Thrust Bearing Fitting Procedures and Sensor Positioning

Specified thrust float by manufacturer = 0.009 inches 0.012 inches. Specified shroud (rotor blading) standoff to nozzle ring (closest contact) = 0.045 inches 0.055 inches. Specified total rotor float, minimum = 0.120 inches.

With thrust bearing removed, move rotor until shrouds contact nozzle ring (A clearance = 0). Indicate with dial indicator (compressed more than 200 mils) and set indicator to read zero. Move rotor towards exhaust until first stationary blading stops the rotor on axial travel contact. Record this travel on maintenance setup sheet after assuring that greater than 120 mils was obtained. Return rotor to the zero reading (against the nozzle block), install only the active thrust bearings with shims. Move rotor towards exhaust until contact is; made with the thrust bearings (lower half only is used at this point). If indicator reads 0.055 inches good; if greater, increase active bearing shim thickness until 55 mils is obtained. Place equal amount of shims in upper half active thrust bearing. If less than 55 mils, reduce shims until 55 mils travel is obtained. Place inactive thrust bearings with shims into place. With the rotor against the active thrust bearing, move the rotor towards the nozzle block shimming for a 46 to 43 reading. This yields a float zone of 9 to 12 mils.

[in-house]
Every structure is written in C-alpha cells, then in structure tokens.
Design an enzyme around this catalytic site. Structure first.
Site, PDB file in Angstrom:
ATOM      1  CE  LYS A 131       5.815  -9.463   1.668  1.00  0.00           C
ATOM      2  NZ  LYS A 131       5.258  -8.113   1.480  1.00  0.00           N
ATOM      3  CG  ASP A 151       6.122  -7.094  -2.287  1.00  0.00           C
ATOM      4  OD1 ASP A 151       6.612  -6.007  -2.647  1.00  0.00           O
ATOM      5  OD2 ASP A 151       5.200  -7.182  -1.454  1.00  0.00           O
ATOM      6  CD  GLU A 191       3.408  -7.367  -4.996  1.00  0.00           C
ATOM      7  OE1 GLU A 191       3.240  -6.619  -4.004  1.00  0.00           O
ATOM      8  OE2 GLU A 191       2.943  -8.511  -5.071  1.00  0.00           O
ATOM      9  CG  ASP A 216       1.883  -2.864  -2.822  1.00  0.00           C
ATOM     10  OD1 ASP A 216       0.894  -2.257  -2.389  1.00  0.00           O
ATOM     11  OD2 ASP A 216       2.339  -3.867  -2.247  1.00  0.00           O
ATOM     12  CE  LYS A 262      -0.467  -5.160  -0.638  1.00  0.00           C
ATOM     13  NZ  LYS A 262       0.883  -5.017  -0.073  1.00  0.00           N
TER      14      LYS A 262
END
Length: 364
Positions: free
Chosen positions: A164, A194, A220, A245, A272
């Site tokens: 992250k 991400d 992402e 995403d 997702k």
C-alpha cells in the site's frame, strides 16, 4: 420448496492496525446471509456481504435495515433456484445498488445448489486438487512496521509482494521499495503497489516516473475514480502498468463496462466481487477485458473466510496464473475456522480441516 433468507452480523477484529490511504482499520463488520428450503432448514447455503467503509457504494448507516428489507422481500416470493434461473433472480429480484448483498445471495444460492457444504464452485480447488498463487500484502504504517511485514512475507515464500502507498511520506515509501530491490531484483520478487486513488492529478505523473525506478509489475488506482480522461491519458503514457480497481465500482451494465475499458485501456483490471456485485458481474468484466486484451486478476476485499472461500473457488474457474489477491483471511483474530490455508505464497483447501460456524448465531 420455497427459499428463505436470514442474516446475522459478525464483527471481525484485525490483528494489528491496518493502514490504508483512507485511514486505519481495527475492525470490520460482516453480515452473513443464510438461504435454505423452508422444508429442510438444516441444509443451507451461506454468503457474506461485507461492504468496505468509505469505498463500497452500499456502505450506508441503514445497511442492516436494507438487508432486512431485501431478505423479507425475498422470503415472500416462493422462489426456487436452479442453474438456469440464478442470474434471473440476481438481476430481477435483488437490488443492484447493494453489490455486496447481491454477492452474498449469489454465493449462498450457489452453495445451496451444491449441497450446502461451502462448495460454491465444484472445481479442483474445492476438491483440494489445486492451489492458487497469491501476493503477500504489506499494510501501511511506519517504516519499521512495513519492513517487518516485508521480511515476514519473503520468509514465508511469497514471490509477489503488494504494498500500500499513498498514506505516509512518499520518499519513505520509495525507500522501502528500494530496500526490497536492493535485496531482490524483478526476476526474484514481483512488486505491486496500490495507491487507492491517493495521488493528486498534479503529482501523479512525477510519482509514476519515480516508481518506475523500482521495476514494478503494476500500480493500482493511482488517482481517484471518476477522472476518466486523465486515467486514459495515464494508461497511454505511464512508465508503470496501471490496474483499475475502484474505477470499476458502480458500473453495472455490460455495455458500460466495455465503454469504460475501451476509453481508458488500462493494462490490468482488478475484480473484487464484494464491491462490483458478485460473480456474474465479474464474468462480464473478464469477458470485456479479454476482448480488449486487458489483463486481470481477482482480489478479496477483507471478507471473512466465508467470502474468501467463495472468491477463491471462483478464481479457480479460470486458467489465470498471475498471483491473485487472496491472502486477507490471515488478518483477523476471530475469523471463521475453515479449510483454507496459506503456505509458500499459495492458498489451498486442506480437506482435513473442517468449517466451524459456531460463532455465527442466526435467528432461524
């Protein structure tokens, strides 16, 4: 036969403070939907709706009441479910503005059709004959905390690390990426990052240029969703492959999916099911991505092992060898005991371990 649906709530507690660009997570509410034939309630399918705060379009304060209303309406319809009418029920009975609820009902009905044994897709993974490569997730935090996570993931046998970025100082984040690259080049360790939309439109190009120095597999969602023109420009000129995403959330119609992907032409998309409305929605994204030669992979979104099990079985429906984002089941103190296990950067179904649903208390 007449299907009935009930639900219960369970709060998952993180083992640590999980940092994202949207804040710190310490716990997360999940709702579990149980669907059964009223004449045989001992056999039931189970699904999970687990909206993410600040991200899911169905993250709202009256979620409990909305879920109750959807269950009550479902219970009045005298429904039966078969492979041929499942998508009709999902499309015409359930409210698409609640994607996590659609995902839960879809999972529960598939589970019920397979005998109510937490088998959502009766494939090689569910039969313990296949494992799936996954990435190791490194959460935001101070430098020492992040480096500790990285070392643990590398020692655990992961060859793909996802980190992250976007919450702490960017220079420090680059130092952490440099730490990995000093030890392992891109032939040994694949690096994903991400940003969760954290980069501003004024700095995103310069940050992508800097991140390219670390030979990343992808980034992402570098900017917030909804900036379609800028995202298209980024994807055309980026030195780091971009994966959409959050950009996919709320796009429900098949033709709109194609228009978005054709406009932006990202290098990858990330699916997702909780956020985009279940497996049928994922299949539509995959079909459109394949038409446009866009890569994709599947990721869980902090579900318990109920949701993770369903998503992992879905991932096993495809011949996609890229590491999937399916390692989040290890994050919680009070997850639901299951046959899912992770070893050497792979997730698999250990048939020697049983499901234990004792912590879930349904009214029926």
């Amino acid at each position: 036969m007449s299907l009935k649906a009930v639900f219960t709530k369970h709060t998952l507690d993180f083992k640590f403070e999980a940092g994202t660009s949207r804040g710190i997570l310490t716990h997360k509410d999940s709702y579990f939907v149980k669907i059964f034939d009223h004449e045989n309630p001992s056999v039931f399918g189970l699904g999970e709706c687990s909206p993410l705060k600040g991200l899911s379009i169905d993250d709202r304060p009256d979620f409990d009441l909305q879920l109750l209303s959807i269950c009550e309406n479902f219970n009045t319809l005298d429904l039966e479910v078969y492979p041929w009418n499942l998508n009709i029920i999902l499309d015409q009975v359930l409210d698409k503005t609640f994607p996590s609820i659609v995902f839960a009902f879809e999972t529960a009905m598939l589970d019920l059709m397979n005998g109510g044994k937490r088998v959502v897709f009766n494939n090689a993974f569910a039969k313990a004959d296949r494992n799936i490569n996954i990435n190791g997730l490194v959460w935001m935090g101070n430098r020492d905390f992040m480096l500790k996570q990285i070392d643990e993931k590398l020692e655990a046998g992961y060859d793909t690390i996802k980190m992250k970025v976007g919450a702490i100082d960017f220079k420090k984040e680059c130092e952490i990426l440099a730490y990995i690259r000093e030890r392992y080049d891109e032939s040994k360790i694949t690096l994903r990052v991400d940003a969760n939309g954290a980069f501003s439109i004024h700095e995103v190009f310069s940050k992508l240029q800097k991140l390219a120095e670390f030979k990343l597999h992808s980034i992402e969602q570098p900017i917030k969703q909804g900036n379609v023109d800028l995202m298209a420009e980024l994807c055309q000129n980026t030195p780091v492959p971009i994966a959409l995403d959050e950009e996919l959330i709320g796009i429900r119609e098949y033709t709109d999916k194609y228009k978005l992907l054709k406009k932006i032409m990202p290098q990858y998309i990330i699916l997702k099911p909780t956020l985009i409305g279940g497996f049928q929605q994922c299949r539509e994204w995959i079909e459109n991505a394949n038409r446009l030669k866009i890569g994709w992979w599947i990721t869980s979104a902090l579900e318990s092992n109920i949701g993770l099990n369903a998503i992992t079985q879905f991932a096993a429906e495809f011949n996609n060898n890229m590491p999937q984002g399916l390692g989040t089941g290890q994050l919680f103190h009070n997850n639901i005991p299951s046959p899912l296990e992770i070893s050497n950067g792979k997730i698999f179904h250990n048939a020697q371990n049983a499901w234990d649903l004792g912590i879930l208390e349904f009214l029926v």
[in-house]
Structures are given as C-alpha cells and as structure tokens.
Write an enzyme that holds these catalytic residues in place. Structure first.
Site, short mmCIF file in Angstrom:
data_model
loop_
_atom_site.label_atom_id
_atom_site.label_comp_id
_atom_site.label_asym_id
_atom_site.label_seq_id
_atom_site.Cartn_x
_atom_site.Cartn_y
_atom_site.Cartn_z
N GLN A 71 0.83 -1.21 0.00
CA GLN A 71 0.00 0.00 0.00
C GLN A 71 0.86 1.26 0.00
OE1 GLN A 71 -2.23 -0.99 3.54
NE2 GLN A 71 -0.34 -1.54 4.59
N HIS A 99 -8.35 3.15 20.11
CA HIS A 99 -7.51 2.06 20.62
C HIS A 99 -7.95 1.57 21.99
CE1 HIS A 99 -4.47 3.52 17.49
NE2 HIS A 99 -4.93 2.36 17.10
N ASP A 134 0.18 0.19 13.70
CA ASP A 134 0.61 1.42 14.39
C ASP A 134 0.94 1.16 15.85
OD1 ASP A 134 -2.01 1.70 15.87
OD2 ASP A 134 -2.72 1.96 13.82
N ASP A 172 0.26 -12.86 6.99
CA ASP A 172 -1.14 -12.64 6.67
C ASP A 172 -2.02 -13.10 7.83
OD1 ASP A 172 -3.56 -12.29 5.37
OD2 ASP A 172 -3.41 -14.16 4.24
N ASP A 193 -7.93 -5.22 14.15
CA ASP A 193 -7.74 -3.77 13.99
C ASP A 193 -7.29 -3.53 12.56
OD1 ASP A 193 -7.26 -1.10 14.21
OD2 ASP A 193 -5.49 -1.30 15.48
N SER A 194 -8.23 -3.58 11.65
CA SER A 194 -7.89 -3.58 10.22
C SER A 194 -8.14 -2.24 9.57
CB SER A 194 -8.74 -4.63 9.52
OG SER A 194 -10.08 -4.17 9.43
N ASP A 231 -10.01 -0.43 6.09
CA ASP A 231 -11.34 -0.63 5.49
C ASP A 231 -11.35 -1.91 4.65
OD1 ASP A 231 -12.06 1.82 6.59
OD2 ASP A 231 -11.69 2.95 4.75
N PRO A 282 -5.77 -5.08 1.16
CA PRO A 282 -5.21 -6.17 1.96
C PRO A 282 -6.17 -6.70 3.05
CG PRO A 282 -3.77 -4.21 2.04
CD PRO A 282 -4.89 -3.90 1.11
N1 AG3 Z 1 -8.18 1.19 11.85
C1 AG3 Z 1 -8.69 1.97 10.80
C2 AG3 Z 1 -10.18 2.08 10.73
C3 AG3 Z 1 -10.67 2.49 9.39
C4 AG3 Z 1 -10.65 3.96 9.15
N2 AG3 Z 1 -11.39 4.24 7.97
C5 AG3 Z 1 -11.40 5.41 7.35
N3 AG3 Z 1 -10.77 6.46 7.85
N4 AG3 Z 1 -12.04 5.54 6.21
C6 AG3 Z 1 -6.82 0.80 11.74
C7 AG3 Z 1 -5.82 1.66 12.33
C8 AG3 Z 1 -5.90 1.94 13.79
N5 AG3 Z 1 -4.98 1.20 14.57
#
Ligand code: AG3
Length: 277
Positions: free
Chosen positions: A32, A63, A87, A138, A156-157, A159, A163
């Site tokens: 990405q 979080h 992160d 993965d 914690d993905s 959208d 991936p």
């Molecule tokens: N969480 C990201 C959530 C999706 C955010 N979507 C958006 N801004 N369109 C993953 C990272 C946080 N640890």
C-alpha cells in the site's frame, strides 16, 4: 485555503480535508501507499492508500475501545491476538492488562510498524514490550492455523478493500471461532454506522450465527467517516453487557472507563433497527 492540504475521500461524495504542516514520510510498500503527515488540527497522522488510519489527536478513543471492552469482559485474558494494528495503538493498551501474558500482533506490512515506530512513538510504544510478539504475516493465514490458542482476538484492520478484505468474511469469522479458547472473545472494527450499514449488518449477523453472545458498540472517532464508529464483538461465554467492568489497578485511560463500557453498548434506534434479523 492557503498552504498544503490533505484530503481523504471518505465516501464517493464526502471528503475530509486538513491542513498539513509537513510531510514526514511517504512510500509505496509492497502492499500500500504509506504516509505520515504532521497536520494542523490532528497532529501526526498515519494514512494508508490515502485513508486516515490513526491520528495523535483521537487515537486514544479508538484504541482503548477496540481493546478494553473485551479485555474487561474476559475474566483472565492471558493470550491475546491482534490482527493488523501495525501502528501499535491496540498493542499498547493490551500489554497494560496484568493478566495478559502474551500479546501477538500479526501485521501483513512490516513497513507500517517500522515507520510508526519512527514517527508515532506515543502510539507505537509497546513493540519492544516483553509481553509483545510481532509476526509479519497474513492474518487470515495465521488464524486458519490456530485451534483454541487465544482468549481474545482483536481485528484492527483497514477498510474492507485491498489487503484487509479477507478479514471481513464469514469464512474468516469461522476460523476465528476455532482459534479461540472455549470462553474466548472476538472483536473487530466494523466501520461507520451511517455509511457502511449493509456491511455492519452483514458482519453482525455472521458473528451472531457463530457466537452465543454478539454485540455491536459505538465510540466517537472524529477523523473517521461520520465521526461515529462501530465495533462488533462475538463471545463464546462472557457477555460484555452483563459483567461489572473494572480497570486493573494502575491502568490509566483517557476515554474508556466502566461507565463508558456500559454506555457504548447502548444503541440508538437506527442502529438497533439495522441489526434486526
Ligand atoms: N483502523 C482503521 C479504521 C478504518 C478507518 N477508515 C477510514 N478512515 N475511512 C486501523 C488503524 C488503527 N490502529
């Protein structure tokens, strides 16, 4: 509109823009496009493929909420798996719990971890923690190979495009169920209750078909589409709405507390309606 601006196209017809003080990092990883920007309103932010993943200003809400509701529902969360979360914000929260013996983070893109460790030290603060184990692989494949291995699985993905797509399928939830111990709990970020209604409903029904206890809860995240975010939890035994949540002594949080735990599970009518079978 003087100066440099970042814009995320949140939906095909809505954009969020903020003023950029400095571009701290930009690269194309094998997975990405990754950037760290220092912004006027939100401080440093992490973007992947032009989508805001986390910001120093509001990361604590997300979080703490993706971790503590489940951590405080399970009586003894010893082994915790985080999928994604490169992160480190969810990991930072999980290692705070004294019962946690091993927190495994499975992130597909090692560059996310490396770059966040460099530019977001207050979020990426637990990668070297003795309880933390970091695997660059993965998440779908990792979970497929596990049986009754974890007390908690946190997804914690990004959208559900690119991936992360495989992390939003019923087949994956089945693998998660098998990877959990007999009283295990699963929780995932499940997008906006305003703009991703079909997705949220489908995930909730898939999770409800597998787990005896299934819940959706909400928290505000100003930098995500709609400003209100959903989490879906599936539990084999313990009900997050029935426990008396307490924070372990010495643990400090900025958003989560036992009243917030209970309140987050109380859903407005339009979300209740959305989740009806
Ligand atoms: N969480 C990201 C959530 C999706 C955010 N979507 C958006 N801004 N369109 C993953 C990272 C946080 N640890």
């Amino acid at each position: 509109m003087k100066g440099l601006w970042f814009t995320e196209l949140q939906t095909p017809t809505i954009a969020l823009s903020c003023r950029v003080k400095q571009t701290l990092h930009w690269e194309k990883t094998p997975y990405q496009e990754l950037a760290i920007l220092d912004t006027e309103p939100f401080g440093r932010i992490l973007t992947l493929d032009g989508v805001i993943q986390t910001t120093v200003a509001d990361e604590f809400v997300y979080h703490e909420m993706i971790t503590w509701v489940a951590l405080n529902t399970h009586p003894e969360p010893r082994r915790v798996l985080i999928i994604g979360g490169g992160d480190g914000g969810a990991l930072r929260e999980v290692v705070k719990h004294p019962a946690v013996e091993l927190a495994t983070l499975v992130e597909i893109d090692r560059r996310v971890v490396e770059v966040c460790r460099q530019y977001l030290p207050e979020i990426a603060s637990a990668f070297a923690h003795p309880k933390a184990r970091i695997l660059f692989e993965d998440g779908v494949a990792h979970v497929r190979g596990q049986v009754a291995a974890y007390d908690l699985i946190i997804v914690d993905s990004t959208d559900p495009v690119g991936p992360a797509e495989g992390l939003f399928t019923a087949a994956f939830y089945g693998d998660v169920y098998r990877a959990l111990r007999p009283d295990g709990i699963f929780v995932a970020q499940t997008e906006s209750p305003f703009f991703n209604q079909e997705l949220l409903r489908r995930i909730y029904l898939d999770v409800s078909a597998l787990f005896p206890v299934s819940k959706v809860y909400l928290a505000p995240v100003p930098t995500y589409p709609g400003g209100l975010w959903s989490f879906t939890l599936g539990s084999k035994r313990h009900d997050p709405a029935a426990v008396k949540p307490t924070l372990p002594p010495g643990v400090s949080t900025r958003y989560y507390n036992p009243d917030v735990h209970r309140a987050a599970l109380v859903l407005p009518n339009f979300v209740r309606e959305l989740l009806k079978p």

How to Prevent Turbomachinery Thrust Failures

This procedure could have been reversed, setting the inactive bearing shims for 45 mils standoff and then the active shims for 9 to 12 mils float. With a large float tolerance, this would be preferred. Confirmation of this total float by a bump check with the top half bearings in place is necessary. Lack of confirmation, less travel, can be a real problem in troubleshooting machine fits and will not be covered here. This would fall within a maintenance paper concentrated at setting thrust bearings.